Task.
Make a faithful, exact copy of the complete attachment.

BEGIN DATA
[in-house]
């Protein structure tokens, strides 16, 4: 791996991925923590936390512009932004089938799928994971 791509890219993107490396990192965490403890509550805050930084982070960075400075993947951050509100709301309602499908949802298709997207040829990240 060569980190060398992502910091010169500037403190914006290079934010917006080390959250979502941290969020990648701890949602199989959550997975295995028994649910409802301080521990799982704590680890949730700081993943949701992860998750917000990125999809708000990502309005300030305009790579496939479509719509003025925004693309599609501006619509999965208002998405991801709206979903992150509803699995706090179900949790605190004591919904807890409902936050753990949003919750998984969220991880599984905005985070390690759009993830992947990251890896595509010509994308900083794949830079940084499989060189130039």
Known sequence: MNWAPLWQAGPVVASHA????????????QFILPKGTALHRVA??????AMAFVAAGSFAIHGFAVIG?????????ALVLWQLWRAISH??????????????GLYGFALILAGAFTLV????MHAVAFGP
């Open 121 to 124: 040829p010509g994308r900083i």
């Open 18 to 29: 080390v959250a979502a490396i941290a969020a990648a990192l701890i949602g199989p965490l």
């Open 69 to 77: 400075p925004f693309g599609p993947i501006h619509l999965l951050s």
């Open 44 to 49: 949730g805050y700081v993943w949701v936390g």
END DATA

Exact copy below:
[in-house]
């Protein structure tokens, strides 16, 4: 791996991925923590936390512009932004089938799928994971 791509890219993107490396990192965490403890509550805050930084982070960075400075993947951050509100709301309602499908949802298709997207040829990240 060569980190060398992502910091010169500037403190914006290079934010917006080390959250979502941290969020990648701890949602199989959550997975295995028994649910409802301080521990799982704590680890949730700081993943949701992860998750917000990125999809708000990502309005300030305009790579496939479509719509003025925004693309599609501006619509999965208002998405991801709206979903992150509803699995706090179900949790605190004591919904807890409902936050753990949003919750998984969220991880599984905005985070390690759009993830992947990251890896595509010509994308900083794949830079940084499989060189130039």
Known sequence: MNWAPLWQAGPVVASHA????????????QFILPKGTALHRVA??????AMAFVAAGSFAIHGFAVIG?????????ALVLWQLWRAISH??????????????GLYGFALILAGAFTLV????MHAVAFGP
């Open 121 to 124: 040829p010509g994308r900083i």
């Open 18 to 29: 080390v959250a979502a490396i941290a969020a990648a990192l701890i949602g199989p965490l």
């Open 69 to 77: 400075p925004f693309g599609p993947i501006h619509l999965l951050s």
């Open 44 to 49: 949730g805050y700081v993943w949701v936390g």